Voices for a Dignified Life
Women are the ones who suffer most from the miseries of Guatemalan society.
Nana Oforiatta Ayim creates films as a form of research in action. It is her quest to uncover alternative history about and within Africa.
In a lot of African states, cultural movements have emerged and found new ways to tell their histories. Ghanaian historian and filmmaker Nana Oforiatta Ayim plans to create the Cultural Encyclopaedia, a collection of knowledge from Africa and its diaspora. First, a digital library, archive and database will provide access to essays from theses, books and magazines on subject areas that cover the cultural foundations of each country and range in scope from the arts (visual arts, literature, theatre, film, music, fashion, design, architecture) to the sciences (mathematics, social sciences like sociology, anthropology, philosophy, politics and economics). The second iteration will consist of a selection of these essays in published volumes. Starting with Ghana, one of the fifty-four African countries will be the focus each year. Third, and in parallel to the first two, Living History Hubs will house audio-visual archives of oral and performative histories, photographic and written documentation, as well as material objects from the different areas of each country. They will also act as centres for research, experimentation and education. The foundations of the digital encyclopaedia are already evident on Oforiatta Ayim’s organisation ANO’s website, and she has brought together a community of Ghana’s cultural and intellectual avant-garde, as well as like-minded institutional partners, to work on the first volume of the published edition. Read our exclusive interview with Nana Oforiatta Ayim and watch excerpts from her films.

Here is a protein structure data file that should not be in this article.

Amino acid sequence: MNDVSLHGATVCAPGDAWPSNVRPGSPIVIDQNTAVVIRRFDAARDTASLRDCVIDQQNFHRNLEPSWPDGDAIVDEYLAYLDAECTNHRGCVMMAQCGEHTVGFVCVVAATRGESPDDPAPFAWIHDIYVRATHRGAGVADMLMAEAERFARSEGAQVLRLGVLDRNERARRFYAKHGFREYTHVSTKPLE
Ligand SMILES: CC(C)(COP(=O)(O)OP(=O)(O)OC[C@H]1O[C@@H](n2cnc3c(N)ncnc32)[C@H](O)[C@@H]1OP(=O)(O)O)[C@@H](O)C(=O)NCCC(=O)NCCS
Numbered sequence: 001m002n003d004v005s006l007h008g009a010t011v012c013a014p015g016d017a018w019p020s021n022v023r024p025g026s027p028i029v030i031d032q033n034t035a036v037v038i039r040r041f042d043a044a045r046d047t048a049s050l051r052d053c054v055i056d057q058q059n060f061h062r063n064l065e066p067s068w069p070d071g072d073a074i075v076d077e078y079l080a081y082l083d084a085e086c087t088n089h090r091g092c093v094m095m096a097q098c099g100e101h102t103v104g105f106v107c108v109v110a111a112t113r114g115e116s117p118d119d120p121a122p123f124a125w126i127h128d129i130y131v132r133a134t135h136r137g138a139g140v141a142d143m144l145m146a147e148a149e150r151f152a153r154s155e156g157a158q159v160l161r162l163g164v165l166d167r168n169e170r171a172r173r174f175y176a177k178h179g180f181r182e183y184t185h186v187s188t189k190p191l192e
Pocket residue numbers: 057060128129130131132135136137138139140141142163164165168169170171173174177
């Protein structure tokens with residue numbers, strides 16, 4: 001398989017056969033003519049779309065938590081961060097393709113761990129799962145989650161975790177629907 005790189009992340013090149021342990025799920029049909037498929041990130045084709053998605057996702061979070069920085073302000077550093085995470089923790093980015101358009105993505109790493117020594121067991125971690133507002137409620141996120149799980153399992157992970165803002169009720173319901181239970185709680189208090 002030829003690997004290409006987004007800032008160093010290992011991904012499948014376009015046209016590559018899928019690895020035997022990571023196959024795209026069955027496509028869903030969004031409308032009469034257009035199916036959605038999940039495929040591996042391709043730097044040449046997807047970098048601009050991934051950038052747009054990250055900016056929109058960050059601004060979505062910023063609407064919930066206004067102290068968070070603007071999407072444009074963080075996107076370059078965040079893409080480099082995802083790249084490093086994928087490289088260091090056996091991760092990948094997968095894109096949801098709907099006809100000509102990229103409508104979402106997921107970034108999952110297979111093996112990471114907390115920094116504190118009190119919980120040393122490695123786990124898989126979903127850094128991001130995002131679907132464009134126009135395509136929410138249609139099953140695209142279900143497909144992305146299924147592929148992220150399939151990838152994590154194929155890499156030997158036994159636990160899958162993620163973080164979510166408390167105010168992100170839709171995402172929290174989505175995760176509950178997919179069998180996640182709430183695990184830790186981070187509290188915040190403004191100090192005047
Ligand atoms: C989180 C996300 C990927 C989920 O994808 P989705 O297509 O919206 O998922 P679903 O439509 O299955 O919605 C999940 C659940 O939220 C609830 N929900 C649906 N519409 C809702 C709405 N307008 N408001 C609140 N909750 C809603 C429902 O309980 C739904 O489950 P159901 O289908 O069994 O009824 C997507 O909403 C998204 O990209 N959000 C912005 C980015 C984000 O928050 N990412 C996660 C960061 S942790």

The Cultural Encyclopaedia is intended to provide a foundation for alternative narratives of development
Nana Oforiatta Ayim: The idea of the Cultural Encyclopaedia springs from the notion of countering the idea of development as catching up to or emulating the West. It is intended to provide a foundation for alternative narratives of development by generating, collecting and sharing knowledge, as well as by bringing the greatest minds from each country together in one place. The goal is to answer questions as to how we can define ourselves, grow at our own rhythms, and in our own ways - however multifarious. How we can create freedom of choice and determination for the largest number of people. The films also act as research, whether into indigenous structural and narrative forms, or issues such as water shortage, the environment, and gender parity seen through the eyes or engagement of artists.
Everything I do is in a way utopian, in that it is reaching towards an ideal state of things, a future we cannot yet imagine or see. I think it is evident in my country at least that there is a deep-seated crisis of leadership, and perhaps even of values.
You can call it ambitious and utopian if you like. I see it as reacting to the realities I see around me…
This is not due to a single individual or party. It is a consequence of political and historical imperatives. I think that only with this kind of ambitious and profound examination, only with the force and layers of collective engagement, will we be able to create the foundations for a better future for those who come after us. You can call it ambitious and utopian if you like. I see it as reacting to the realities I see around me in the best way I know how.
There has been a shift in the narrative of and on the African continent and its diasporas. There is also still a kind of schism at play though, brought about, I think, by our hyper-accelerated entry into the capitalist sphere; by our idealistic, fated independence movements; and by the perhaps overstated, but also damaging cultural effects of the colonial encounter. W. E. B. DuBois spoke of a double consciousness when describing the African-American experience. Franz Fanon wrote of the alienated or divided state of the imperial subject. A few years ago, I made a film about Zimbabwean writer Dambudzo Marechera, who said of himself: “I am the doppelganger whom, until I appeared, African literature had not yet met.” In the film, I dramatize one of his poems, ‘A Shred of Identity’, in which he speaks of “this twilight zone, stretching between English school and my cockroach voice”, where the cockroach voice is his provenance from the slums of Rhodesia.
In a way, the Encyclopaedia wants to cast light on, perhaps heal, or rather bridge, this rupture of the twilight zone, of perception, of time, of the divided self.
It seeks to articulate hidden knowledge, similar to what Diderot attempted with his Encyclopaedia…